A day after reports that attackers are exploiting a zero-day vulnerability in Microsoft's Internet Explorer browser, researchers warned of a separate active campaign that was targeting a critical vulnerability in fully patched versions of Adobe's ubiquitous Flash media player.
The attacks were hosted on the Syrian Ministry of Justice website at hxxp://jpic.gov.sy and were detected on seven computers located in Syria, leading to theories that the campaign targeted dissidents complaining about the government of President Bashar al-Assad, according to a blog post published Monday by researchers from antivirus provider Kaspersky Lab. The attacks exploited a previously unknown vulnerability in Flash when people used the Firefox browser to access a booby-trapped page. The attackers appear to be unrelated to those reported on Sunday who exploited a critical security bug in Internet Explorer, a Kaspersky representative told Ars.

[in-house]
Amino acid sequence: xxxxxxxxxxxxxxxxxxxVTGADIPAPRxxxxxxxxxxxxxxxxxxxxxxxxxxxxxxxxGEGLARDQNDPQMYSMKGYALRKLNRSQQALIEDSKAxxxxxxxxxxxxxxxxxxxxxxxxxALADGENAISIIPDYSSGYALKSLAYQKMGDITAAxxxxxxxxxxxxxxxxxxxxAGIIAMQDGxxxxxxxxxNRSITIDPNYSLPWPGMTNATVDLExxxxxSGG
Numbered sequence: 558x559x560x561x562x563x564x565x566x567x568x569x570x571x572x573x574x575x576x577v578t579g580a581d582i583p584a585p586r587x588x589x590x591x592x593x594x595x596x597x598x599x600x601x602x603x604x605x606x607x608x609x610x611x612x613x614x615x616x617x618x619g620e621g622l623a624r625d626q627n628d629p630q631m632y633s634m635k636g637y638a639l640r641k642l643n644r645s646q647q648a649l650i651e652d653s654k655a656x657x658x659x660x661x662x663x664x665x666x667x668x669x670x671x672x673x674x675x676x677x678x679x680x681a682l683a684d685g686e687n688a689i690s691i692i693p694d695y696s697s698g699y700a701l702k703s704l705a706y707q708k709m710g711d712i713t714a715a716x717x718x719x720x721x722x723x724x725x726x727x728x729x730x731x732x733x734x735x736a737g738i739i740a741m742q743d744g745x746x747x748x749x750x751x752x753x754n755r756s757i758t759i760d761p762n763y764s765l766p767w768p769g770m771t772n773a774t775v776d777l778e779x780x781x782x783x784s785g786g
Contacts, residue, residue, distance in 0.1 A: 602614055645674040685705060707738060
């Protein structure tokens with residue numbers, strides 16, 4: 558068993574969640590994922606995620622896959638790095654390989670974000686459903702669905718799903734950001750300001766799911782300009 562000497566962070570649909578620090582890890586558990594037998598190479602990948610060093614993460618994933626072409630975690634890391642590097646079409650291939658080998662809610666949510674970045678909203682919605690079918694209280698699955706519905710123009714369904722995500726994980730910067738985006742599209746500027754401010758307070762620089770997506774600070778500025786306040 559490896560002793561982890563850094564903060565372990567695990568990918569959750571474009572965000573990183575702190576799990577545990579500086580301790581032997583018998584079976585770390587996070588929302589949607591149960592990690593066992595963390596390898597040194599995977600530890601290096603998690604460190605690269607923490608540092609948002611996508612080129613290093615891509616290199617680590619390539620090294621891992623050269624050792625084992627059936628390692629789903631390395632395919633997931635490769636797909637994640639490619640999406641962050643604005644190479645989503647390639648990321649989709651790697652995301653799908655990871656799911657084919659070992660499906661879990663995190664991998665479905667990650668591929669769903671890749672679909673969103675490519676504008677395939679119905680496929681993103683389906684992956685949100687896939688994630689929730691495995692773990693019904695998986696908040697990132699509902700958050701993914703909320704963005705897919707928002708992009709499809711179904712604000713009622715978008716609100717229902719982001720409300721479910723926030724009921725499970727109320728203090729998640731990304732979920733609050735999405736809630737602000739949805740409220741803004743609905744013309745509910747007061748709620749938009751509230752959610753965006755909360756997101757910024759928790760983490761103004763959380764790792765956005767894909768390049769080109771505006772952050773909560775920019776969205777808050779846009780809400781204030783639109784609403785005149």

While the exploit Kaspersky observed attacked only computers running Microsoft Windows, the underlying flaw, which is formally categorized as CVE-2014-1776 and resides in a Flash component known as the Pixel Bender, is present in the Adobe application built for OS X and Linux machines as well. Adobe has updated all three versions to plug the hole. Because security holes frequently become much more widely exploited in the hours or days after they are disclosed, people on all three platforms should update as soon as possible. People using IE 10 and 11 on Windowws 8 will receive the update automatically, as will users of Google's Chrome browser. It can sometimes take hours for the automatic updates to arrive. Those who are truly cautious should consider manually installing them. Windows users with Firefox installed must run a separate update for both IE and the Mozilla browser.